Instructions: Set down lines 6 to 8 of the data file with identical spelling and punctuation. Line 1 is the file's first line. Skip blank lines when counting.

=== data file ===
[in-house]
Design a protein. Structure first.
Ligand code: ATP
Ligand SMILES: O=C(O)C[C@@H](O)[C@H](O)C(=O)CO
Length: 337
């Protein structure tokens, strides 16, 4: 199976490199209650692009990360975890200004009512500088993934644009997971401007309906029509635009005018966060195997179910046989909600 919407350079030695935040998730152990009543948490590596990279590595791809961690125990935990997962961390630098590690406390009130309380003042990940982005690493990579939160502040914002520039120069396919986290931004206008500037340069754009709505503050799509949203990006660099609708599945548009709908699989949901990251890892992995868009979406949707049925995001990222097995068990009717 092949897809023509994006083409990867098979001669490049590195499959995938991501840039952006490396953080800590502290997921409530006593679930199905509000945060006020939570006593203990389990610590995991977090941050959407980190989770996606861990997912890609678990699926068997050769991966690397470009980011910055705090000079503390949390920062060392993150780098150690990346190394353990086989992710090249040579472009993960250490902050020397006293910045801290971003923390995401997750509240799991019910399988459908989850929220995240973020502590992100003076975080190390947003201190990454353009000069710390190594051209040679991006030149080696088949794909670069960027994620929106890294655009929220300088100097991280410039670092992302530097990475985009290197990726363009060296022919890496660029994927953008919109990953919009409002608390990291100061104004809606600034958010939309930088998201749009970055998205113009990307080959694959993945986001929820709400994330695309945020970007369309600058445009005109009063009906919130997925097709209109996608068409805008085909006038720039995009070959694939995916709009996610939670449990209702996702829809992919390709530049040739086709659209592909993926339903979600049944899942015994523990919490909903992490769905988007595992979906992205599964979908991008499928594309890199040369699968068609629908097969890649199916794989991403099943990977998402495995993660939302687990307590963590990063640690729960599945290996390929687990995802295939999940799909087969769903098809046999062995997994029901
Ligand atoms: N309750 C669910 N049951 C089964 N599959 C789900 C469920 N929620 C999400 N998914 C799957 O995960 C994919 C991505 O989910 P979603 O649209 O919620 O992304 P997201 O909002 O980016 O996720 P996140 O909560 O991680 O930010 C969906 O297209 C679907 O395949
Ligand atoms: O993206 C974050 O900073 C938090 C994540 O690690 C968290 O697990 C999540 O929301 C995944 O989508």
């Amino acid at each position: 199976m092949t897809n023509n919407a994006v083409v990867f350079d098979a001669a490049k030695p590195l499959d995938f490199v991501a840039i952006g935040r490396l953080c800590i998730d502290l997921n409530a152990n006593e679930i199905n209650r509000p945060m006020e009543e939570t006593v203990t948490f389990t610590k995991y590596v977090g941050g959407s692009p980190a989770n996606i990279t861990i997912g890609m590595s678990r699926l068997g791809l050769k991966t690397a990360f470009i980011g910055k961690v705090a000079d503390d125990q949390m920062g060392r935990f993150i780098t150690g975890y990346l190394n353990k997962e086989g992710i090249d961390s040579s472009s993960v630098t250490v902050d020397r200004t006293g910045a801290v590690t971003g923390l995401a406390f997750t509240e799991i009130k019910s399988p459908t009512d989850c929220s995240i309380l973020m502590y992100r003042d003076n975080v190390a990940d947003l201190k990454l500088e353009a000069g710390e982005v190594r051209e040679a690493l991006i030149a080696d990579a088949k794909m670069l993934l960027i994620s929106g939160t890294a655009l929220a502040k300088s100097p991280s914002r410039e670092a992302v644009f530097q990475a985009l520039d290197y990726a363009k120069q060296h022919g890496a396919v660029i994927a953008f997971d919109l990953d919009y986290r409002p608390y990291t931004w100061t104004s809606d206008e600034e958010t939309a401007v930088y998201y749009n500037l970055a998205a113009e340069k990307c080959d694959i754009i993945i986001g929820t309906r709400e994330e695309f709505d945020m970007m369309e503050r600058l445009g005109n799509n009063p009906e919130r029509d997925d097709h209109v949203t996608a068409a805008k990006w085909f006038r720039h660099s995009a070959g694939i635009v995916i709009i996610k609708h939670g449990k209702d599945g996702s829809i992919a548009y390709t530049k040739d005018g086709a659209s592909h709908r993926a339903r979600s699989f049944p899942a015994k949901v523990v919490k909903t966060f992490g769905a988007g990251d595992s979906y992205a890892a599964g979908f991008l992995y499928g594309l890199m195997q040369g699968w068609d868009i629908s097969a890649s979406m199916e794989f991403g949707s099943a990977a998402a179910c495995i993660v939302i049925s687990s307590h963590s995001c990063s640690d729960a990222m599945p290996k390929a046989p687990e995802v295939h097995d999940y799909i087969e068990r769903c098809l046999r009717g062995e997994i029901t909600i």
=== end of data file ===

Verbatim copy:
């Protein structure tokens, strides 16, 4: 199976490199209650692009990360975890200004009512500088993934644009997971401007309906029509635009005018966060195997179910046989909600 919407350079030695935040998730152990009543948490590596990279590595791809961690125990935990997962961390630098590690406390009130309380003042990940982005690493990579939160502040914002520039120069396919986290931004206008500037340069754009709505503050799509949203990006660099609708599945548009709908699989949901990251890892992995868009979406949707049925995001990222097995068990009717 092949897809023509994006083409990867098979001669490049590195499959995938991501840039952006490396953080800590502290997921409530006593679930199905509000945060006020939570006593203990389990610590995991977090941050959407980190989770996606861990997912890609678990699926068997050769991966690397470009980011910055705090000079503390949390920062060392993150780098150690990346190394353990086989992710090249040579472009993960250490902050020397006293910045801290971003923390995401997750509240799991019910399988459908989850929220995240973020502590992100003076975080190390947003201190990454353009000069710390190594051209040679991006030149080696088949794909670069960027994620929106890294655009929220300088100097991280410039670092992302530097990475985009290197990726363009060296022919890496660029994927953008919109990953919009409002608390990291100061104004809606600034958010939309930088998201749009970055998205113009990307080959694959993945986001929820709400994330695309945020970007369309600058445009005109009063009906919130997925097709209109996608068409805008085909006038720039995009070959694939995916709009996610939670449990209702996702829809992919390709530049040739086709659209592909993926339903979600049944899942015994523990919490909903992490769905988007595992979906992205599964979908991008499928594309890199040369699968068609629908097969890649199916794989991403099943990977998402495995993660939302687990307590963590990063640690729960599945290996390929687990995802295939999940799909087969769903098809046999062995997994029901
Ligand atoms: N309750 C669910 N049951 C089964 N599959 C789900 C469920 N929620 C999400 N998914 C799957 O995960 C994919 C991505 O989910 P979603 O649209 O919620 O992304 P997201 O909002 O980016 O996720 P996140 O909560 O991680 O930010 C969906 O297209 C679907 O395949
Ligand atoms: O993206 C974050 O900073 C938090 C994540 O690690 C968290 O697990 C999540 O929301 C995944 O989508």